Best Practices

Converting Sales Reps into Champions for Your Cause

Procurement’s job is to inject Cost Transparency into the negotiation so everyone can win: procurement gets what they need: a lean, competitive price; and the supplier makes a profitable sale at a reasonable and sustainable margin.

Let’s start with the obvious: Sales reps want to close – that’s how they get paid.

To do this, reps know they need to forge good working relationships with their customers: people rarely buy from sales reps they don’t like or trust. Sales reps’ compensation is usually not tied to price; if price is an obstacle, they will be keen to remove it.

Procurement’s job is to inject Cost Transparency into the negotiation so everyone can win: procurement gets what they need: a lean, competitive price; and the supplier makes a profitable sale at a reasonable and sustainable margin.

Here’s how to reach that point: make transparency front and center by arming the sales rep with graphs or should-cost models that make a compelling argument that their current prices are too high.

When a sales rep brings a buyer-generated graph or model back to their management, they probably say something like, “I can’t get my customer to agree. I can’t sell her the 2% increase. Look at this data she gave me, it shows our raw material costs are actually down and we should be dropping prices by 3%. Is this true? Are our costs really down?”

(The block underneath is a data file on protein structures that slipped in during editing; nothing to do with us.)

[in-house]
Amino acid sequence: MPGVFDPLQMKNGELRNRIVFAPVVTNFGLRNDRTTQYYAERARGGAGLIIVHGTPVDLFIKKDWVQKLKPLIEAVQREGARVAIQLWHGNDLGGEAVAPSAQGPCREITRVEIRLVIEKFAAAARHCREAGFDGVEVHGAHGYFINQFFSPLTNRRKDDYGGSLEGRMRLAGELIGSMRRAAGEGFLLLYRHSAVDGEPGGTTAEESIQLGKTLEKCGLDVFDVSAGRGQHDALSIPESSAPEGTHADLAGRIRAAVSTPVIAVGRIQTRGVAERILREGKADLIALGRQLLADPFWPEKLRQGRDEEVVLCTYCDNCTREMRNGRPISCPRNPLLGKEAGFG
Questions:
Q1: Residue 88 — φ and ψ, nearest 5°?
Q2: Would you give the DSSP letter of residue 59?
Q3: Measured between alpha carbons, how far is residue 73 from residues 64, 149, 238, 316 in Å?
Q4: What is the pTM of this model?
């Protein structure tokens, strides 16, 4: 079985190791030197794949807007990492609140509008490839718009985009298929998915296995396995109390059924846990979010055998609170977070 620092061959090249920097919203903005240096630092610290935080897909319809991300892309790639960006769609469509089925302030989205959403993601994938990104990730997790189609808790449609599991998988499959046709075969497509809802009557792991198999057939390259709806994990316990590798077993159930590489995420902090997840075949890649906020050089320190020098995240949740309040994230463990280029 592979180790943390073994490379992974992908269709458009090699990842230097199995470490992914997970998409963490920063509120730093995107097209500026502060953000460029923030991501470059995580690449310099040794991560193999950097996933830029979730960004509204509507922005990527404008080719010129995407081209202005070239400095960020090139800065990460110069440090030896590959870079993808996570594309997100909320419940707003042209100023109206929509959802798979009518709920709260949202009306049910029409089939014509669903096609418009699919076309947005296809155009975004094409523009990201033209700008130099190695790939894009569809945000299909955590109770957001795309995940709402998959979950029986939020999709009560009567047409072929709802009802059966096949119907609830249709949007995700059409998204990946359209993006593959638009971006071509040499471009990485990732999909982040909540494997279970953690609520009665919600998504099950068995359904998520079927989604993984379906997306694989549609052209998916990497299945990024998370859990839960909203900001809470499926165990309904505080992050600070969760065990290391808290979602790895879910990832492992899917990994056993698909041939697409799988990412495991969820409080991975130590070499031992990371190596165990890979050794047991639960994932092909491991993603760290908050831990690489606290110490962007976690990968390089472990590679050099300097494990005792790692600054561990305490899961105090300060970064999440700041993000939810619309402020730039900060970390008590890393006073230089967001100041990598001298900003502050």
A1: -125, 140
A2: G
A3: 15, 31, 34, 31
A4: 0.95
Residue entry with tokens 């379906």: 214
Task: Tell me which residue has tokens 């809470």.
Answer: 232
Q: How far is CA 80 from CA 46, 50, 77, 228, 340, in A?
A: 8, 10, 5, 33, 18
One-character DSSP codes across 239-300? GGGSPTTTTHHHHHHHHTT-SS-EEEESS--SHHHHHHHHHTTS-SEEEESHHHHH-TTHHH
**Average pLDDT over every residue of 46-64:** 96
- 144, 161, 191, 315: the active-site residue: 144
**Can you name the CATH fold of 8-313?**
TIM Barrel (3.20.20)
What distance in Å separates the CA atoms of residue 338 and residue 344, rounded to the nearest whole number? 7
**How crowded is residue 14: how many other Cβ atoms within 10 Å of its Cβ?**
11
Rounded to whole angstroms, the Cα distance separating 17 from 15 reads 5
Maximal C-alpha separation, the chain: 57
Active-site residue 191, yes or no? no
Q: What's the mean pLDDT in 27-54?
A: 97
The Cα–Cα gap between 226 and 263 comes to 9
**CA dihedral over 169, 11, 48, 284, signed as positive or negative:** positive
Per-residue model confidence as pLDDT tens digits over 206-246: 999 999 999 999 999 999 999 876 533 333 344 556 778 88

While likely not happy, the sales rep’s management team should be highly motivated to cooperate because their company’s reputation is at stake. Not agreeing to a decrease will paint them as greedy and hypocritical because, in the past, they justified raising prices based on higher input costs.

If higher input costs justify high prices, then lower input costs justify lower ones.

Once procurement arms the rep with information that shows input costs are falling, the supplier will feel strong pressure to play fair. Preserving a company’s good name is a fundamental senior management responsibility and a key to long-term business success. Sullying their company’s reputation is something they will want to avoid at all costs – and that is a cost initiative sales and procurement can both agree upon.

If you’re interested in judging for yourself if cost transparency really works, join thousands of other procurement professionals and take out a free trial to ProPurchaser (no credit card required).

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